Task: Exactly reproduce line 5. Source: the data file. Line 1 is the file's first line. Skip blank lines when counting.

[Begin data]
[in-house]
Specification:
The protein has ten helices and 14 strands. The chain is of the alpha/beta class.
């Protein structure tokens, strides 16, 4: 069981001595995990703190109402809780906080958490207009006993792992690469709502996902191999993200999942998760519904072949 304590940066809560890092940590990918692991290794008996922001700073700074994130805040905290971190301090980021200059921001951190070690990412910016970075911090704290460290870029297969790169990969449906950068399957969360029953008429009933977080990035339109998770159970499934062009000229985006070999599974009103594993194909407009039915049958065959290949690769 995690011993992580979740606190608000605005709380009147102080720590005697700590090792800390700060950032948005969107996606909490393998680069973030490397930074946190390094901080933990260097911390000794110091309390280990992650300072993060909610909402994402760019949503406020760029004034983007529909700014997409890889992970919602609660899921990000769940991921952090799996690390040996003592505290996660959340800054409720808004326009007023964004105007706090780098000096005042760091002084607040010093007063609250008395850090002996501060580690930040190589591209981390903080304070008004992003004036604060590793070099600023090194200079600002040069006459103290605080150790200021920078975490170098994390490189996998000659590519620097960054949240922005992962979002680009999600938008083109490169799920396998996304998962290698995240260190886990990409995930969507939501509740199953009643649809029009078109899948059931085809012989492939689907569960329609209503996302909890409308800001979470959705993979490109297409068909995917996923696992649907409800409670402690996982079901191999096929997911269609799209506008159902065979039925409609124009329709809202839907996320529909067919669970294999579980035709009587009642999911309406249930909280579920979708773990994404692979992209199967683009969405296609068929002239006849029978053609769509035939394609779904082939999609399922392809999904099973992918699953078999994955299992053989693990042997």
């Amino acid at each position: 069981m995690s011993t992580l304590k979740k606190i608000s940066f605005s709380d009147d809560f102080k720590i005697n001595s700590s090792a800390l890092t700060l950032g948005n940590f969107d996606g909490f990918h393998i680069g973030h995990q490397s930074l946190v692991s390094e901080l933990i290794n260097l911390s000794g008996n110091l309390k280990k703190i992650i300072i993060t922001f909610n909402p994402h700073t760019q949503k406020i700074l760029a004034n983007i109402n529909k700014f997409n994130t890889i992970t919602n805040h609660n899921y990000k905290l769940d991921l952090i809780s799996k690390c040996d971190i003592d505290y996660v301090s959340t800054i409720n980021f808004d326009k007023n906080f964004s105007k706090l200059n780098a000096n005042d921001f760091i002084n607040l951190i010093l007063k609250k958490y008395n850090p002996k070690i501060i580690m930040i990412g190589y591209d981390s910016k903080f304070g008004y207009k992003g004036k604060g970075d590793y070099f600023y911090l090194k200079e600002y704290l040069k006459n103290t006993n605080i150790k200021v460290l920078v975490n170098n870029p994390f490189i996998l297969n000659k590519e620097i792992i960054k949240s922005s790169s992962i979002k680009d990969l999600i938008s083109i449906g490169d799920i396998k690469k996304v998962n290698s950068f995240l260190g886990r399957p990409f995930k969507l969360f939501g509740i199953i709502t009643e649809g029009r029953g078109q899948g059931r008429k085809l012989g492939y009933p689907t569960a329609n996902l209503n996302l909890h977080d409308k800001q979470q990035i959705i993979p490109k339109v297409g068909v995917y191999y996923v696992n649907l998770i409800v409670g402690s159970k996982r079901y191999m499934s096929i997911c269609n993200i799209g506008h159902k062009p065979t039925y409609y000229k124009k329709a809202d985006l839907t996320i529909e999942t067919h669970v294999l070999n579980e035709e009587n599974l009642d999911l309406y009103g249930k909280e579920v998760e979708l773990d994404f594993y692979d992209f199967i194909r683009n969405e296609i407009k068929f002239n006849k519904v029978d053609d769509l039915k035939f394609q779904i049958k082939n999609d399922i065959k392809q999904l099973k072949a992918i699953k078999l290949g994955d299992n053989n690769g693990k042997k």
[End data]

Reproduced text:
């Amino acid at each position: 069981m995690s011993t992580l304590k979740k606190i608000s940066f605005s709380d009147d809560f102080k720590i005697n001595s700590s090792a800390l890092t700060l950032g948005n940590f969107d996606g909490f990918h393998i680069g973030h995990q490397s930074l946190v692991s390094e901080l933990i290794n260097l911390s000794g008996n110091l309390k280990k703190i992650i300072i993060t922001f909610n909402p994402h700073t760019q949503k406020i700074l760029a004034n983007i109402n529909k700014f997409n994130t890889i992970t919602n805040h609660n899921y990000k905290l769940d991921l952090i809780s799996k690390c040996d971190i003592d505290y996660v301090s959340t800054i409720n980021f808004d326009k007023n906080f964004s105007k706090l200059n780098a000096n005042d921001f760091i002084n607040l951190i010093l007063k609250k958490y008395n850090p002996k070690i501060i580690m930040i990412g190589y591209d981390s910016k903080f304070g008004y207009k992003g004036k604060g970075d590793y070099f600023y911090l090194k200079e600002y704290l040069k006459n103290t006993n605080i150790k200021v460290l920078v975490n170098n870029p994390f490189i996998l297969n000659k590519e620097i792992i960054k949240s922005s790169s992962i979002k680009d990969l999600i938008s083109i449906g490169d799920i396998k690469k996304v998962n290698s950068f995240l260190g886990r399957p990409f995930k969507l969360f939501g509740i199953i709502t009643e649809g029009r029953g078109q899948g059931r008429k085809l012989g492939y009933p689907t569960a329609n996902l209503n996302l909890h977080d409308k800001q979470q990035i959705i993979p490109k339109v297409g068909v995917y191999y996923v696992n649907l998770i409800v409670g402690s159970k996982r079901y191999m499934s096929i997911c269609n993200i799209g506008h159902k062009p065979t039925y409609y000229k124009k329709a809202d985006l839907t996320i529909e999942t067919h669970v294999l070999n579980e035709e009587n599974l009642d999911l309406y009103g249930k909280e579920v998760e979708l773990d994404f594993y692979d992209f199967i194909r683009n969405e296609i407009k068929f002239n006849k519904v029978d053609d769509l039915k035939f394609q779904i049958k082939n999609d399922i065959k392809q999904l099973k072949a992918i699953k078999l290949g994955d299992n053989n690769g693990k042997k």